News Release

Researchers study how internet impacts orthodox Christianity

The researchers are exploring religion-themed social media pages

Grant and Award Announcement

Ural Federal University

Young scientists from Ural Federal University and Higher School of Economics are trying to understand whether the Internet has influenced Orthodox Christianity, and how the social institution and social practices could have been transformed in the conditions of widespread media. The project "Social media as a factor in the transformation of Orthodoxy in modern Russia" received support from the Russian Foundation for Basic Research for 2019-2021.

'Media has become one of the drivers for change in modern society. The Internet has transformed the existing hierarchies, giving voice to the silent majority. On the other hand, religions are based on tradition, transfer of knowledge through books, rituals and various forms of communication face to face. And it is interesting to see whether social media have changed Orthodox traditions or not,' Ekaterina Grishaeva, the project manager, Associate Professor at the Department of Social Philosophy of UrFU, explains.

The researchers' plans are to look at the mediatization of Orthodox Christianity as a two-way process: how the communicative possibilities of the Internet environment transform Orthodox ideologies, practices and hierarchy, and the Orthodox community adapts the Internet to fit its needs. To do so, they study the blogs of people who form the image of Orthodoxy on YouTube, VKontakte, Instagram, Facebook; analyze the popular video blogs of priests Andrey Tkachev, Dmitry Smirnov, Evgeny Popichenko, the social networks of the congregations. The interviews with churchgoers are part of the plan as well.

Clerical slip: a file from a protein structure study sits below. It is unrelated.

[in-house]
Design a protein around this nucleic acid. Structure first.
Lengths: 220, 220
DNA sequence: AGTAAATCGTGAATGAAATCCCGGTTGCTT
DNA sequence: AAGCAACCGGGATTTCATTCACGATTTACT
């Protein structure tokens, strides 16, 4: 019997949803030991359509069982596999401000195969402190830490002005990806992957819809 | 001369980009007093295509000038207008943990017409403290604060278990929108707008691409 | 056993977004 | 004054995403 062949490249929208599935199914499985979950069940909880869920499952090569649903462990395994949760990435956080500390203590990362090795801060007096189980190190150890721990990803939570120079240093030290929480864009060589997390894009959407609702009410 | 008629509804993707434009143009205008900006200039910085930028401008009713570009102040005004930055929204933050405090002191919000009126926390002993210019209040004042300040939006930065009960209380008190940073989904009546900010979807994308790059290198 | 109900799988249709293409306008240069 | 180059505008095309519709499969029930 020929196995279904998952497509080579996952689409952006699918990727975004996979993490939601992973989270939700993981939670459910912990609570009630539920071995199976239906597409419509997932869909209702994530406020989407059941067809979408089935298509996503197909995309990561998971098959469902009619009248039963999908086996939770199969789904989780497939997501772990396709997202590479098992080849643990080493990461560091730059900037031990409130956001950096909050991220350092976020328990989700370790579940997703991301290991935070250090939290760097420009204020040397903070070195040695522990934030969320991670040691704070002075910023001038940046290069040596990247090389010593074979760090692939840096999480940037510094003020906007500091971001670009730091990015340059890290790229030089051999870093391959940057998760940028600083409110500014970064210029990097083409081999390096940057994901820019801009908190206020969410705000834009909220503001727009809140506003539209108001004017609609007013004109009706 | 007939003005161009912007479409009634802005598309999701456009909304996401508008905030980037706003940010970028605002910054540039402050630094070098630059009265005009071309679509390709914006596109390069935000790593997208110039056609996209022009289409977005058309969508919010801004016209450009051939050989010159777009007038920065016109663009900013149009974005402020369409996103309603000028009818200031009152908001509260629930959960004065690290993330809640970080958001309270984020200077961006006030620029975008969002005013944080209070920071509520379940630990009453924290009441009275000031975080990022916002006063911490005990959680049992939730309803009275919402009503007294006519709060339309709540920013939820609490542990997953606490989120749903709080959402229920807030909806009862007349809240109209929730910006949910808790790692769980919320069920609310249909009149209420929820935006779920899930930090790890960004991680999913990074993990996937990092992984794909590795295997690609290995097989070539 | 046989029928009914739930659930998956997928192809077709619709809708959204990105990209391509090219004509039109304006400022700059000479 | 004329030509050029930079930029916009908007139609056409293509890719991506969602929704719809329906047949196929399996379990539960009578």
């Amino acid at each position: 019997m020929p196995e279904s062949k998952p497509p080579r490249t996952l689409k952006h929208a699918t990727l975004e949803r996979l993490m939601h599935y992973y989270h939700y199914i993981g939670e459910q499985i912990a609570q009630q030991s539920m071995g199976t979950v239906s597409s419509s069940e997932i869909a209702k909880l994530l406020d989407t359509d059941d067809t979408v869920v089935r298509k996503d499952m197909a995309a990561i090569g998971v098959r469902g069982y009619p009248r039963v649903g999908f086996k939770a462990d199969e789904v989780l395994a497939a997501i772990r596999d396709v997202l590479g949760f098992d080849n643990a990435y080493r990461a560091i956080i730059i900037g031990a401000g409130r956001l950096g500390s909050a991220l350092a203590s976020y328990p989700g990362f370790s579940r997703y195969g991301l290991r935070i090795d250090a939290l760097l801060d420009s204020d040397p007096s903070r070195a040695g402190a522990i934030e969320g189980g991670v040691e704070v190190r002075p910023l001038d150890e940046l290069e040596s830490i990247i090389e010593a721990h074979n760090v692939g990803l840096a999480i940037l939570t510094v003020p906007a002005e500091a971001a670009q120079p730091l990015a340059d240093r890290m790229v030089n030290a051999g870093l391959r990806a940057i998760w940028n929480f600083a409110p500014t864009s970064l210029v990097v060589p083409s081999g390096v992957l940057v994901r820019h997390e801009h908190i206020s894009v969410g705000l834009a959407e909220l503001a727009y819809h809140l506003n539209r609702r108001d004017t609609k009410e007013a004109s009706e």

The researchers claim that nowadays religious rituals are performed via the Internet: one can watch a video of readings of sacred texts online, livestreams of worship services, there is an opportunity to order occasional religious services online, etc. Religious leaders use social media as a platform for missionary work.

'For example, in Ekaterinburg, 21 out of 53 congregations have pages in social networks,' Ekaterina Grishaeva says. 'The growing social media presence of Orthodoxy attracted the attention of the Moscow Patriarchate of the Russian Orthodox Church. In August 2018, the Synodal Department for Church Relations with Society and Mass Media published a document "Video blogs of the Russian Orthodox Church priests: guidelines," designed to regulate the actions of blogger priests.'

It is expected that in the first year of the grant, the young scientists will work out the research methodology, determine the specifics of Orthodox communication in social media, analyze the structure of Orthodox rituals, and conduct interviews with priests and members of Orthodox communities. The results will be presented in scientific articles.


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